Monday, July 12, 2021

William Cowper*

William Cowper (1731—1800) is an important English poet — considered the most-popular poet of his generation. In 1779, Cowper (pronounced Cooper) and his good friend the evangelical curate John Newton published the book Olney Hymns, which consisted primarily of Newton’s compositions, but also around 68 of Cowper’s, such as his well-known hymn, “Oh, For a Closer Walk with God.” His poetry collection Poems by William Cowper, of the Inner Temple appeared in 1782.

He suffered from mental illness throughout his adult life, which prevented him getting married on two occasions, and interfered with his being appointed to the House of Lords. In further bouts of madness and nightmares he came to believe that God had rejected him. When Mary Unwin, a widow to whom he had once been engaged, died in December 1796, Cowper sank into a despair from which he never recovered.

Sonnet to William Wilberforce, Esq.

Thy country, Wilberforce, with just disdain,
Hears thee, by cruel men and impious, called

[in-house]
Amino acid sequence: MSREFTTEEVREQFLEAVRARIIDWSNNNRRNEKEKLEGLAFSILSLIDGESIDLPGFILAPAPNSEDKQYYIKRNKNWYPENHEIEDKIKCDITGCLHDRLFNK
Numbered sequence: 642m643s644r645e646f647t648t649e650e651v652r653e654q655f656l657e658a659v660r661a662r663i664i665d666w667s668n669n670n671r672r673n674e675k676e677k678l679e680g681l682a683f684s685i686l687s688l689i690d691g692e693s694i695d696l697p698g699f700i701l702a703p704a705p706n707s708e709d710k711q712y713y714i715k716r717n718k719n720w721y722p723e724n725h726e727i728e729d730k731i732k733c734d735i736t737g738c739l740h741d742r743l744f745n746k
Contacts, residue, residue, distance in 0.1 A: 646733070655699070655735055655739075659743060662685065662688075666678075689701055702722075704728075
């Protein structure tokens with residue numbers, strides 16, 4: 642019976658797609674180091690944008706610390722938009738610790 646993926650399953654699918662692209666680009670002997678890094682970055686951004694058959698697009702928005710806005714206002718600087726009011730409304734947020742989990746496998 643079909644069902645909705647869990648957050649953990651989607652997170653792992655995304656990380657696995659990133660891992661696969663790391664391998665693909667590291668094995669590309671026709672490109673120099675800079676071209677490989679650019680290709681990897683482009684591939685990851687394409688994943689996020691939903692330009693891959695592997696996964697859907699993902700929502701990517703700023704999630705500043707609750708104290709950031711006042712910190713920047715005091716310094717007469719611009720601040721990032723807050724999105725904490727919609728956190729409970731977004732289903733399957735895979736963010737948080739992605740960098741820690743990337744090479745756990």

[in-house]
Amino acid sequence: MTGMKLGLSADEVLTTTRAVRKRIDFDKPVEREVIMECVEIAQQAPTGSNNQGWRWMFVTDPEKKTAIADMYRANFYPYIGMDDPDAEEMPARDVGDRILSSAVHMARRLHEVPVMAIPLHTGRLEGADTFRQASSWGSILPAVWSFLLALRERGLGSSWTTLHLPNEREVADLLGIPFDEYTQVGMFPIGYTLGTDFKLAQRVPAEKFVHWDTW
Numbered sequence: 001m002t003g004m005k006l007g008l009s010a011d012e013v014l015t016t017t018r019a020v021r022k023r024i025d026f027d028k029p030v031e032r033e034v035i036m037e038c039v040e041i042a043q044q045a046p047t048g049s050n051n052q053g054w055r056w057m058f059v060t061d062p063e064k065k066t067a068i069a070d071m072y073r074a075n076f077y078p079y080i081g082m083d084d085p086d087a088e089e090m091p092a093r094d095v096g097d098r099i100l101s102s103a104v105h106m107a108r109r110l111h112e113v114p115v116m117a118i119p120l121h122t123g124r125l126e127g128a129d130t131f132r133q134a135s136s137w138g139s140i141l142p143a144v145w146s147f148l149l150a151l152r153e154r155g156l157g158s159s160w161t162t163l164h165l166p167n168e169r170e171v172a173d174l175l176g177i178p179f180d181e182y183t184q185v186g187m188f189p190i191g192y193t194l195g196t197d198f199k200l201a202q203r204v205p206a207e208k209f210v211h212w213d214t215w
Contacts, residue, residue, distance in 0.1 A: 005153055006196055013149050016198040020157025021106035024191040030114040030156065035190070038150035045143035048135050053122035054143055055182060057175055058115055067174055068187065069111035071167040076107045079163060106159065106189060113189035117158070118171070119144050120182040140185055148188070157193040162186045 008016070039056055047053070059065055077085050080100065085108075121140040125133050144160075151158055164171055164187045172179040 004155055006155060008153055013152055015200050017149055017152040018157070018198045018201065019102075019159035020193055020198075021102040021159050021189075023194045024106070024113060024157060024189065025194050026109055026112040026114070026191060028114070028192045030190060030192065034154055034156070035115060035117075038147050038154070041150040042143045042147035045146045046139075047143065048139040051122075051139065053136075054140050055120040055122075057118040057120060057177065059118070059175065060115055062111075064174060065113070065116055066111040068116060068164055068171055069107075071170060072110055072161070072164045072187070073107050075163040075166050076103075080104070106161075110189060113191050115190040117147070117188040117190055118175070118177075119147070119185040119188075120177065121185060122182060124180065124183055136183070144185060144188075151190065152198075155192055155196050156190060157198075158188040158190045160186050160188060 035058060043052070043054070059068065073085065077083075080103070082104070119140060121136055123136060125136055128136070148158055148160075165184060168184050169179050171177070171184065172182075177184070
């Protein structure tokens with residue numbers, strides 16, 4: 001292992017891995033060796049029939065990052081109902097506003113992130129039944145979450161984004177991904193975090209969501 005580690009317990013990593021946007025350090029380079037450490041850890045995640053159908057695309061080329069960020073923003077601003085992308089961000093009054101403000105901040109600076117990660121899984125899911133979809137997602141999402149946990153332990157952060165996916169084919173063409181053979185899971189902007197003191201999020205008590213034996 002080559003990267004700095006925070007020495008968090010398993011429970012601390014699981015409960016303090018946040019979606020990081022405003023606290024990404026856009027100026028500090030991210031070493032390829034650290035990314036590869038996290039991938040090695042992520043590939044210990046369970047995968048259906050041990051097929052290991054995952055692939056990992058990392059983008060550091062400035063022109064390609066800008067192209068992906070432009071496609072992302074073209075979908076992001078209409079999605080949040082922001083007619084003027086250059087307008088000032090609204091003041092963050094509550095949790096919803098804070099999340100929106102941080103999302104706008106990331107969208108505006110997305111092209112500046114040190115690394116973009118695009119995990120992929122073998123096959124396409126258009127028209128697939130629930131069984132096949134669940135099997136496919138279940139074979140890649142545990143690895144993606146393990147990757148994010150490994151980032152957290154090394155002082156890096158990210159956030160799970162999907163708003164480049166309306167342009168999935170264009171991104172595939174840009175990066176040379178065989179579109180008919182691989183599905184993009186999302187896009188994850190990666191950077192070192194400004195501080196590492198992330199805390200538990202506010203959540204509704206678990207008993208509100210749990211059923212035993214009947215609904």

Fanatic, for thy zeal to loose the enthralled
From exile, public sale, and slavery's chain.
Friend of the poor, the wronged, the fetter-galled,
Fear not lest labour such as thine be vain!
Thou hast achieved a part; hast gained the ear
Of Britain's senate to thy glorious cause;
Hope smiles, joy springs, and though cold caution pause
And weave delay, the better hour is near,
That shall remunerate thy toils severe
By peace for Afric, fenced with British laws.
Enjoy what thou hast won, esteem and love
From all the just on earth, and all the blest above!

*This is the second Kingdom Poets post about William Cowper: first post.

Entry written by D.S. Martin. He is the author of five poetry collections including Angelicus (2021, Cascade) ― a book of poems written from the point-of-view of angels. His books are available through Amazon, and Wipf & Stock.